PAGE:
Assam Against CAA: ‘Pushing Others Towards a Fire We Are Avoiding’
‘Tragically, we, the Assamese, are having to push others towards the same “fire” we are saving ourselves from.”
Guwahati, known as the ‘lahelahe’ city (‘lahelahe’ means ‘slow’ in Assamese) owing to its laidback pace, seems to have been held by the shoulders and shaken out of its sleep.
With the Citizenship Amendment Bill being passed and thereafter becoming the Citizenship Amendment Act (CAA), many indigenous tribes of the northeast find themselves in a soup, with their culture, language, heritage and very identity being threatened. Especially when these people had already been fighting battles to find representation in mainstream media and culture. When was the last time you saw a mainstream film featuring a character from the northeast as the protagonist? Congratulations, if you could think of at least one. Chances are, you will fail.
So the seemingly ‘harmless’ CAA pushed the entire region out onto the streets in the cold winters, with young and old alike singing slogans and songs of the motherland, risking their lives.
Saving Our Language
Such motherly instincts to protect one’s own culture is not uncommon however. Conflicts within the boundaries of our country have been increasing. Take a look at the Bodo movement. The Bodo youth had dedicated the best part of their lives fighting for separate statehood, as they believe this will give their tribe the much-deserved secure sense of identity and self-rule. In the same vein, the Gorkhas are fighting for Gorkhaland.
Take a probably less intense example — the aversion to inter-cultural marriage of the Parsi community, that stems not from racial or cultural supremacy, but ‘self-preservation’.
Today I woke up to find an SMS from my mother requesting me and my sisters to write to her at least one text message in the Assamese language before going to bed.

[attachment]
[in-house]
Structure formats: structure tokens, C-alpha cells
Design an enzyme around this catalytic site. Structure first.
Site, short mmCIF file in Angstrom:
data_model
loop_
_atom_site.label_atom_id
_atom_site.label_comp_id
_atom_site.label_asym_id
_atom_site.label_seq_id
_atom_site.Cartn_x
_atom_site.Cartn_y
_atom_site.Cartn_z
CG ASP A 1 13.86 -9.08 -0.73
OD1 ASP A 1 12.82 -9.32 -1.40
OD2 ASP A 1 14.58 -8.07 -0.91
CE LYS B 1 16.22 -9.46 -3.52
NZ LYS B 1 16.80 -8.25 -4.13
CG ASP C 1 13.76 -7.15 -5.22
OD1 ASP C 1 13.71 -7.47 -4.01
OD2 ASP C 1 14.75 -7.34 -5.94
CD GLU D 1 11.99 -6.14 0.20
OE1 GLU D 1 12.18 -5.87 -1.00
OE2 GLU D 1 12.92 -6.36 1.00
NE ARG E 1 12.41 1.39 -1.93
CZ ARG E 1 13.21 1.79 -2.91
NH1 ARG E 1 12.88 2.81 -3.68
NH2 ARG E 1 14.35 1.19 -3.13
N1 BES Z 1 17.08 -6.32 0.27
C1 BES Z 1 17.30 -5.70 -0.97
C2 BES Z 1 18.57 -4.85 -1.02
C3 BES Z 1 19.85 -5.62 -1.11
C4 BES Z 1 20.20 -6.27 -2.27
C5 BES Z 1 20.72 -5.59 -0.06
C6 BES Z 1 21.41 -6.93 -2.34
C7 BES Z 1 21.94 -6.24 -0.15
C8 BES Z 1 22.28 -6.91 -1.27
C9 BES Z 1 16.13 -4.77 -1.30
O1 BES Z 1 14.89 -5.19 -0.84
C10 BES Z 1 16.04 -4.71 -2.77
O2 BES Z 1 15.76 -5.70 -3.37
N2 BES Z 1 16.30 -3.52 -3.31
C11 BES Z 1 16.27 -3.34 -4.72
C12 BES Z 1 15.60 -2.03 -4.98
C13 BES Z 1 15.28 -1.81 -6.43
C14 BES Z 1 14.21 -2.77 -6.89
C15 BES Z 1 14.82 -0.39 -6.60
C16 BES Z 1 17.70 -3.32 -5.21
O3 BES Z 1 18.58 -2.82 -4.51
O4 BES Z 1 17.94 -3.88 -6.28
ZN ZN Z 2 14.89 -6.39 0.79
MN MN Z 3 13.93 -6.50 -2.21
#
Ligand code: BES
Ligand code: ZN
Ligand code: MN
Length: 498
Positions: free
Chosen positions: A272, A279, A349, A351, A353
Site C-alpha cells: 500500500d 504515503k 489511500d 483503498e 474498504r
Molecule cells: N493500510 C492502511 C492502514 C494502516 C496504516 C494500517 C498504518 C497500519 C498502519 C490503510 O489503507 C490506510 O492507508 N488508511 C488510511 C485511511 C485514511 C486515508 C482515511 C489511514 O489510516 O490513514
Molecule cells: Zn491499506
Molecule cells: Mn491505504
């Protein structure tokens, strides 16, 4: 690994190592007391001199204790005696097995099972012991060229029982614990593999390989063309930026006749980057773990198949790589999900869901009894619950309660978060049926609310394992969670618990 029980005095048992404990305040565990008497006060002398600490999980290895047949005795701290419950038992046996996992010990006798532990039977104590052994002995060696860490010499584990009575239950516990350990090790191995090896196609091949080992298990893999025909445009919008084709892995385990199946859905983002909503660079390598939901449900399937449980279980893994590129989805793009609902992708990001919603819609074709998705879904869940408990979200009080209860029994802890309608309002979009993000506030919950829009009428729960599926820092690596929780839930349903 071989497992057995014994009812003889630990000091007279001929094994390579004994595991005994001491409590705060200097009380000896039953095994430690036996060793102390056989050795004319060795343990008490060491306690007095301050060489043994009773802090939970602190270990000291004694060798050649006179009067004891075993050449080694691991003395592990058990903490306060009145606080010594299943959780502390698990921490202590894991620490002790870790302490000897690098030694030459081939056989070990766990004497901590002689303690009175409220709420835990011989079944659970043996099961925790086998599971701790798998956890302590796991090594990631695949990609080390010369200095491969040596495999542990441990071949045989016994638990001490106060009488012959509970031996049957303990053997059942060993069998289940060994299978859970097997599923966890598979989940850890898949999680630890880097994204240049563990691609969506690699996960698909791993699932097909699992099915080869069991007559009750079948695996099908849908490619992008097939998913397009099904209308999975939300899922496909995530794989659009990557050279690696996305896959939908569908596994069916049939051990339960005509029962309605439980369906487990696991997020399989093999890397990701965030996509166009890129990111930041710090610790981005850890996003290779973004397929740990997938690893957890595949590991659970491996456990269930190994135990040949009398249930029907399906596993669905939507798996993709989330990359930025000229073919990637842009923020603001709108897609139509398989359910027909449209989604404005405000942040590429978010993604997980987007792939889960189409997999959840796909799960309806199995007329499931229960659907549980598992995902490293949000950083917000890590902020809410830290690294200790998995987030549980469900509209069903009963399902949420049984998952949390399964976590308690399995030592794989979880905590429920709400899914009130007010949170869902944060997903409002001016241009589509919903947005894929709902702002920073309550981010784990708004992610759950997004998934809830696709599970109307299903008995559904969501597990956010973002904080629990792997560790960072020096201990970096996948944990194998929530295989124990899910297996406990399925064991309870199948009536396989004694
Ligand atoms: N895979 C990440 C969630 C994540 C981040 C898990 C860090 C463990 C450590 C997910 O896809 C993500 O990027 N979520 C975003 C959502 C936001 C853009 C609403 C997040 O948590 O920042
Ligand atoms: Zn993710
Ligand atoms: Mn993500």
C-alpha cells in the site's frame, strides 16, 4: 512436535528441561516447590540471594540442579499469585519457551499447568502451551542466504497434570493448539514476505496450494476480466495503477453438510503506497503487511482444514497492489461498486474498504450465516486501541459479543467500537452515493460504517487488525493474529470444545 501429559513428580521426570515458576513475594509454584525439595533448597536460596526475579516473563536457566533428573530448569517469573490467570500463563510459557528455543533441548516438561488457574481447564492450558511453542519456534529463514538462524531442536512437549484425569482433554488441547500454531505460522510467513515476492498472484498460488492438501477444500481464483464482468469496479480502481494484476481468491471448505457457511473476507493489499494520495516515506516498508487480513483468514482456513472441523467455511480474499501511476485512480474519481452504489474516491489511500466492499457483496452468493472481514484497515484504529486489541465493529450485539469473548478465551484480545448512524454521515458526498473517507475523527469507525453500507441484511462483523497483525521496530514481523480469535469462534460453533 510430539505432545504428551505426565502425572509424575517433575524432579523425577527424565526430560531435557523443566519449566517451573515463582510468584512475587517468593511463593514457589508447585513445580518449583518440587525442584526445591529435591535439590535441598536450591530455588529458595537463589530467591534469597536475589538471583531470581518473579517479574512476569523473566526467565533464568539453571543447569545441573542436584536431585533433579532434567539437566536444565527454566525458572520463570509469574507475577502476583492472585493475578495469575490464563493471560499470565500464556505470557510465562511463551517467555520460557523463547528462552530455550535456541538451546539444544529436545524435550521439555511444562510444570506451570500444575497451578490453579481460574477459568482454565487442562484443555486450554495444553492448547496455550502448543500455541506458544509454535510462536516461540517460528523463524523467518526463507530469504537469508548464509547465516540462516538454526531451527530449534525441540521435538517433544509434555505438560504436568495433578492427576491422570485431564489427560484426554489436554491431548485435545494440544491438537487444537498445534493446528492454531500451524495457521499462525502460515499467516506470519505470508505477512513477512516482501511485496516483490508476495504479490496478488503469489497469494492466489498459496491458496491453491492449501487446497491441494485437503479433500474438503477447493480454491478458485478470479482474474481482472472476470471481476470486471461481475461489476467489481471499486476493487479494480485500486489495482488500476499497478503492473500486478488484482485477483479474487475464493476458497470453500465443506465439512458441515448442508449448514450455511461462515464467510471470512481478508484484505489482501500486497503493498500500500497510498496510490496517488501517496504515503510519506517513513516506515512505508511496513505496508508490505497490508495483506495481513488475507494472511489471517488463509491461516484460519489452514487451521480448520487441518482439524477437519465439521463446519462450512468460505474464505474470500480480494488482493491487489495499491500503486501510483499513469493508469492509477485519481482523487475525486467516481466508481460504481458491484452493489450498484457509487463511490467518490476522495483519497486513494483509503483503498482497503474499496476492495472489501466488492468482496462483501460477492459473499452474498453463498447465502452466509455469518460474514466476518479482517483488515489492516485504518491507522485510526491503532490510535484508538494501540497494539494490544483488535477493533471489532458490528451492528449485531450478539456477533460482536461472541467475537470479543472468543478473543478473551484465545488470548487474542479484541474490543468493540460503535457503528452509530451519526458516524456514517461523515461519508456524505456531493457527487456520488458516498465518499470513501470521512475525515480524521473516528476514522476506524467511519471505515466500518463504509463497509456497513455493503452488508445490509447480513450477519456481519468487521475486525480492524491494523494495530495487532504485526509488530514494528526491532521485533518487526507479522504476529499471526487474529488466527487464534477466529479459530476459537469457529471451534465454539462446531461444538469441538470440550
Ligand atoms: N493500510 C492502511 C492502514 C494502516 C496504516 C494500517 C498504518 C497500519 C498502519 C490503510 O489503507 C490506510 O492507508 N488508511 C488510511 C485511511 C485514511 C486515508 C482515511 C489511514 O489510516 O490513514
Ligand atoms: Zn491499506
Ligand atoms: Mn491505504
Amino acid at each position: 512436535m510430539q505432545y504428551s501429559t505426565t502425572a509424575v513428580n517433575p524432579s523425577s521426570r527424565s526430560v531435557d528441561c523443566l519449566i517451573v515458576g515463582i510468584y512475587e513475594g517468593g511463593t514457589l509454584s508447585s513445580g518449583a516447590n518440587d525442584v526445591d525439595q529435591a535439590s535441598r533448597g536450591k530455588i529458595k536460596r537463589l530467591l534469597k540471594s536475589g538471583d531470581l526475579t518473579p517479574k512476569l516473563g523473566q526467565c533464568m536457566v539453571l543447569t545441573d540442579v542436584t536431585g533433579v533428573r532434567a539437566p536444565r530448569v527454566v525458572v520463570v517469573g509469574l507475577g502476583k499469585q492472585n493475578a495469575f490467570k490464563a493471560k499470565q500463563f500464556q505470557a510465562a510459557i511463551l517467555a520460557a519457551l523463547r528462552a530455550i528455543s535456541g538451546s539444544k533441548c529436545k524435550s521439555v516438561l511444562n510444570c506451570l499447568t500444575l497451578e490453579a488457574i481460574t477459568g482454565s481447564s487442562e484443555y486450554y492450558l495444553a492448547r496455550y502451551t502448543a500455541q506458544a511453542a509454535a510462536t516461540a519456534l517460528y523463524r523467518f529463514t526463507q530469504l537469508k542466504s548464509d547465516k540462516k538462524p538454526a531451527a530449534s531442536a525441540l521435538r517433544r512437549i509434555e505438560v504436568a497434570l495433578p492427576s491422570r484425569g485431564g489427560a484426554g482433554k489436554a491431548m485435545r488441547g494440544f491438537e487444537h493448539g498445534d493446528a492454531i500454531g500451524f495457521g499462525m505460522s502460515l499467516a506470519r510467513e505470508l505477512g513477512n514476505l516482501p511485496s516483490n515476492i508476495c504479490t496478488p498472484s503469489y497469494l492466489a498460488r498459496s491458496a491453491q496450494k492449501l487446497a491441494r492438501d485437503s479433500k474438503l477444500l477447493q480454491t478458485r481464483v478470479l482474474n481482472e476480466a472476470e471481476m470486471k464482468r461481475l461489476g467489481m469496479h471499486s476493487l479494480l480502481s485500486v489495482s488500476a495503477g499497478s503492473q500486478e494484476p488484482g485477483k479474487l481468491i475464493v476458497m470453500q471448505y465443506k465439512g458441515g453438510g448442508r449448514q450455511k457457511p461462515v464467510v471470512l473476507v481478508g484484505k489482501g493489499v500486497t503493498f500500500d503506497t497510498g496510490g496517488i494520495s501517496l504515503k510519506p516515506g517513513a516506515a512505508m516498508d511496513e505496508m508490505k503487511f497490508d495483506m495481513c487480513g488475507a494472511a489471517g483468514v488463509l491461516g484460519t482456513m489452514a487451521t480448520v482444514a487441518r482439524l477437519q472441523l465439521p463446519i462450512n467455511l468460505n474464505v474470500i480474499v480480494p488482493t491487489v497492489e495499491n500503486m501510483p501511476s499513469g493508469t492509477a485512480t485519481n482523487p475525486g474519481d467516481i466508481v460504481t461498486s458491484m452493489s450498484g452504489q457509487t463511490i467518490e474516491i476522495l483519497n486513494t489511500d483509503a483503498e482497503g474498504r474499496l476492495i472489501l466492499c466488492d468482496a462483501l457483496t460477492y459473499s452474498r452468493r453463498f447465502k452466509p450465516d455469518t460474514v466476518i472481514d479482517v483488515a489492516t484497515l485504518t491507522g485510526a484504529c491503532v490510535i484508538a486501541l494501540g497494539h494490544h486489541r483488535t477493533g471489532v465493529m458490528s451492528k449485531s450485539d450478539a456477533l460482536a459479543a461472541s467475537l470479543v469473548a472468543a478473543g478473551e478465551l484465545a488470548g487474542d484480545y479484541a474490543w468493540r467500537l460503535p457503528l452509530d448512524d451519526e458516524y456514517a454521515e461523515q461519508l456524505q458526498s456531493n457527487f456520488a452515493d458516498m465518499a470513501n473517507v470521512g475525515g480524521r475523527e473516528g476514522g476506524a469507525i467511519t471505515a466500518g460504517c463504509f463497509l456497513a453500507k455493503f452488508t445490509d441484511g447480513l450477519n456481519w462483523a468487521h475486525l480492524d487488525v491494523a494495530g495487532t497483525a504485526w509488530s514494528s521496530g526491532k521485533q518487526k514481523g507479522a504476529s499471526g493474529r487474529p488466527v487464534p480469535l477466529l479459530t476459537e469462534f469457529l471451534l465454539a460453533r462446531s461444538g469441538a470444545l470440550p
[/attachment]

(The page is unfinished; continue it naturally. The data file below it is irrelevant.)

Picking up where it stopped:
This is her way of making sure that we don’t forget our language, and thus, help sustain it.
Why the Instinct to Protect Our Ethnicity & Culture?
The recent happenings have led me to question what is it about one’s own language, culture and ethnicity, that people go to extreme lengths to preserve them? Ethnic conflicts lead to major threats to peace and security, blatant violation of human rights, inexplicable suffering, and in the worst case, even genocide. Yet we see people ready to take bullets to protect their own ethnicity and identity.
In the deepest seats of our consciousness lie our desperate need to protect our Self. And when the Self is threatened in any way, we get scared and therefore defensive. Our deeply-rooted shared history and world views breed a sense of familiarity and comfort in an otherwise strange land.
The instinct to preserve our ethnicity is organic and sub-conscious.
We join the sentiments and wear our ethnicity on our sleeves. But if asked why this preservation is important to us, most responses are abstract and even poetic. What simmers beneath however could be shared memories of discrimination in the hands of the hegemonic groups, and the shared history of sacrifice made by our forefathers.
Not Being Able to Let Go of The ‘Self’
Another plausible cause I reckon is access to resources. Our ethnicity is also a free privilege we get on our motherland. We expect our ethnicity to give us de facto leeway to its resources – political, economic, social – and when there are too many contenders to these resources, we find ourselves in a space of losing freedom. Because with socio, economic and political power comes the freedom to live our life on our terms.
All of this, I think, ultimately boils down to our Self, and we find it hard to let go of anything that secures our sense of Self. Thus, the CAA was the tipping point for the Northeast. The tragic irony however is that we are protecting ourselves from the very fire we are having to push others (read: immigrants / minorities) towards.
(Bhavna Dev Choudhury is a content strategist at an advertising agency in Ahmedabad. She hails from Assam. This is a personal blog, and the views expressed are the author’s own. The Quint neither endorses nor is responsible for them.)
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